I used to tell my students in school that their parents are only three pay checks from poverty spending; with no paycheck you start dipping into those well-earned savings. Buy or sell, keep my home or move into a senior center or just spend, spend and continue spending. (You can’t take it with you, after all.) Credit card debt can deplete spending power and even ruin a good credit rating.
We are faced with all of these choices, and who can we trust? Financial planning for the future has its risks in any market, regardless of where you invest your time and efforts. The crystal ball is clouded in most cases; a wrong decision can lead to turmoil, instability and even despair. It seems the only guarantees are car payments and taxes. Do you retire from your job, then hope for Social Security to keep the money flowing … what is a person to do?
My recommendation is to find someone you can trust who will give you the best bang for your buck, who can advise you on solid investment opportunities and who stays current with today’s rapidly changing market data. Investing is, by nature, unpredictable, and yet, you need to do it right. Financial planning is key in everyone’s life, from youth through retirement. Here at FRA, we can bear witness to our success in investments; as a non-profit association, we have had to put a great deal of effort into our financial planning. Steady planning, reviews, and recommendations continue to keep us well balanced over the years.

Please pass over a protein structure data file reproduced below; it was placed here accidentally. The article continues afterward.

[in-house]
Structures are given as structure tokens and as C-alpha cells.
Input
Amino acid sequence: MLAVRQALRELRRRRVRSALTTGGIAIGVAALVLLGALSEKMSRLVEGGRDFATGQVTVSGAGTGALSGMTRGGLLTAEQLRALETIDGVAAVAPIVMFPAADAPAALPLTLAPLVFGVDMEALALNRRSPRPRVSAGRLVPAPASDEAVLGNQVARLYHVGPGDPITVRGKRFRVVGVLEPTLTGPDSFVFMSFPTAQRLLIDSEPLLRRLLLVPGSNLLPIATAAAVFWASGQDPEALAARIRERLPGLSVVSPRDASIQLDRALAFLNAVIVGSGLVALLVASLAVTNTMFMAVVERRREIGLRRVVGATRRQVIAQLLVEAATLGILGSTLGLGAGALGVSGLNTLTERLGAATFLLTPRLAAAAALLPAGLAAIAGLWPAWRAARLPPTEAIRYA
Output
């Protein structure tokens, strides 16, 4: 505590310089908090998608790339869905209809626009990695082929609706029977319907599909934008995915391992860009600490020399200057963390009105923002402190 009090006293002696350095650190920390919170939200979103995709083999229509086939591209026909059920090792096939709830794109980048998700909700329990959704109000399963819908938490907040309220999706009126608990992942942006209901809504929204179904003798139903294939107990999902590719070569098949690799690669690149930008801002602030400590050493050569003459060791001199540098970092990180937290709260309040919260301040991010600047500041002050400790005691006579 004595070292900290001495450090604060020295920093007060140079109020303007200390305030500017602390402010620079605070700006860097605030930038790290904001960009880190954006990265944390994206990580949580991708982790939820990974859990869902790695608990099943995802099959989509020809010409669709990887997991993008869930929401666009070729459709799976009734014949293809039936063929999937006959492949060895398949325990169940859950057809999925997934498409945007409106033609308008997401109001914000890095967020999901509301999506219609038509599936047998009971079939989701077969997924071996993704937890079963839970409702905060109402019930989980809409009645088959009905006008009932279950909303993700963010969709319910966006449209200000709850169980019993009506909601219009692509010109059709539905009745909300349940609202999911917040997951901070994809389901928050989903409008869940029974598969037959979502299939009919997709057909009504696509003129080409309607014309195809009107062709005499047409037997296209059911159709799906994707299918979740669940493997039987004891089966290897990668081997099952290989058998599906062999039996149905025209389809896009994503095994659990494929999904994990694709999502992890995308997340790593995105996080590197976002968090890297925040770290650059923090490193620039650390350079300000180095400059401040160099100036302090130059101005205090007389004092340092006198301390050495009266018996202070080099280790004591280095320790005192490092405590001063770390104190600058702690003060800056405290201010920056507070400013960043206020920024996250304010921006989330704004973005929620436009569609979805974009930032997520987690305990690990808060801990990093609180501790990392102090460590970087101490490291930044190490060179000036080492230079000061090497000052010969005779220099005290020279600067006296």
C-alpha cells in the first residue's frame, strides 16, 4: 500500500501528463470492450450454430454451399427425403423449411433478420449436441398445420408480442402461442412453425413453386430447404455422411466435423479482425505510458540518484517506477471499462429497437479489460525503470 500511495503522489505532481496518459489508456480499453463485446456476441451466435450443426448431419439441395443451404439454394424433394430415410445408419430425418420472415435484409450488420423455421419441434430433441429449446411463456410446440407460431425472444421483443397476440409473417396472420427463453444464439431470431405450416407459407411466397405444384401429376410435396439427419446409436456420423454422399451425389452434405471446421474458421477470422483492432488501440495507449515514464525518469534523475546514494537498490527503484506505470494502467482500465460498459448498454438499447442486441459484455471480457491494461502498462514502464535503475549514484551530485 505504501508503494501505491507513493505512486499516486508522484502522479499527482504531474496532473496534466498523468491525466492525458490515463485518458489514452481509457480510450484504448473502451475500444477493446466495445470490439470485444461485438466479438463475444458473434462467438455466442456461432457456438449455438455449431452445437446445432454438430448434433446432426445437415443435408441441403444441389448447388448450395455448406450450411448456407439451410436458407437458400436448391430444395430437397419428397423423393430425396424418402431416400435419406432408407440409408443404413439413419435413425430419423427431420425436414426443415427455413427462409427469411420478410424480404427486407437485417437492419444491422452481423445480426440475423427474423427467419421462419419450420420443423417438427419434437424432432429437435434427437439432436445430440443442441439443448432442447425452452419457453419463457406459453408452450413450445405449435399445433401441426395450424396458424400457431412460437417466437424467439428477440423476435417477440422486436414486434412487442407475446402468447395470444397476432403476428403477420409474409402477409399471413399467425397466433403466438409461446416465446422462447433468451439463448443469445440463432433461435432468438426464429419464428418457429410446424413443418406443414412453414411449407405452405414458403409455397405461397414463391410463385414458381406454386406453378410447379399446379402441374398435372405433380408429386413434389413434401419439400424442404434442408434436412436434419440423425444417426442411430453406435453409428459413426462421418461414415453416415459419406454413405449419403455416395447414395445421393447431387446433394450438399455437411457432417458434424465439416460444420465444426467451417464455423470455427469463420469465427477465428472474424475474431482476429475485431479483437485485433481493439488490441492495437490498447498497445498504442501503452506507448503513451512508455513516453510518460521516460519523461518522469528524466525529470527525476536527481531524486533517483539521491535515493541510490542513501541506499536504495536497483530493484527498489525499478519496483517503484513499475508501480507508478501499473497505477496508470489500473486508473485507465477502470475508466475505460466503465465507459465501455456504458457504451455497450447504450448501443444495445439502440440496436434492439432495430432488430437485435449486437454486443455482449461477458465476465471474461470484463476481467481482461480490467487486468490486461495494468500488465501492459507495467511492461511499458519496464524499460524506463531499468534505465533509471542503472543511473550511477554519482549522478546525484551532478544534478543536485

As FRA has done, find someone or some firm you can trust. Ensure that your desires are written down in the course of your estate planning, wills and, most importantly, discussed with family members. Many times family members are not aware of what your desires are — your family is left to guess “what mom and dad would have liked” and the unknown continues to haunt them. This confusion just increases insecurity between family members which, as a parent, is the last thing you want.
Financial planning is key. Assess what your property, assets and investments are worth and then plan intentionally how you will have those “creature comforts” available in your later years. Nobody wants to be a burden on family members, especially when trying to plan for their estate and their health care in the later years of their lives — and the caretaker liability that often comes with the territory. Know your spending habits so that, when you take those impulse shopping trips and yes, even take a vacation to get away, you remain comfortably within your limits. Spending your hard-earned wealth is a healthy, well-deserved prerogative, and it is one that you can exercise with confidence when you have a firm plan for your financial future. No one is a true expert, since our successes are unique to our own incomes and spending habits. Seek the advice of an expert. Even tax preparation professionals can sometimes lend assistance. In any event, make the time now — today — to take charge of your financial plans and make a difference for the future. I would say PRESS ON, but after all, we are talking about financial planning and lifestyles. In that light I can only say, take the time to plan now so that you can enjoy the moments as they come and make the future the best for you and your spouse and family. “Plan on, and stay on plan!”
Tom Snee is FRA’s National Executive Director and can be reached at NEDFRA@fra.org. Return to Table of Contents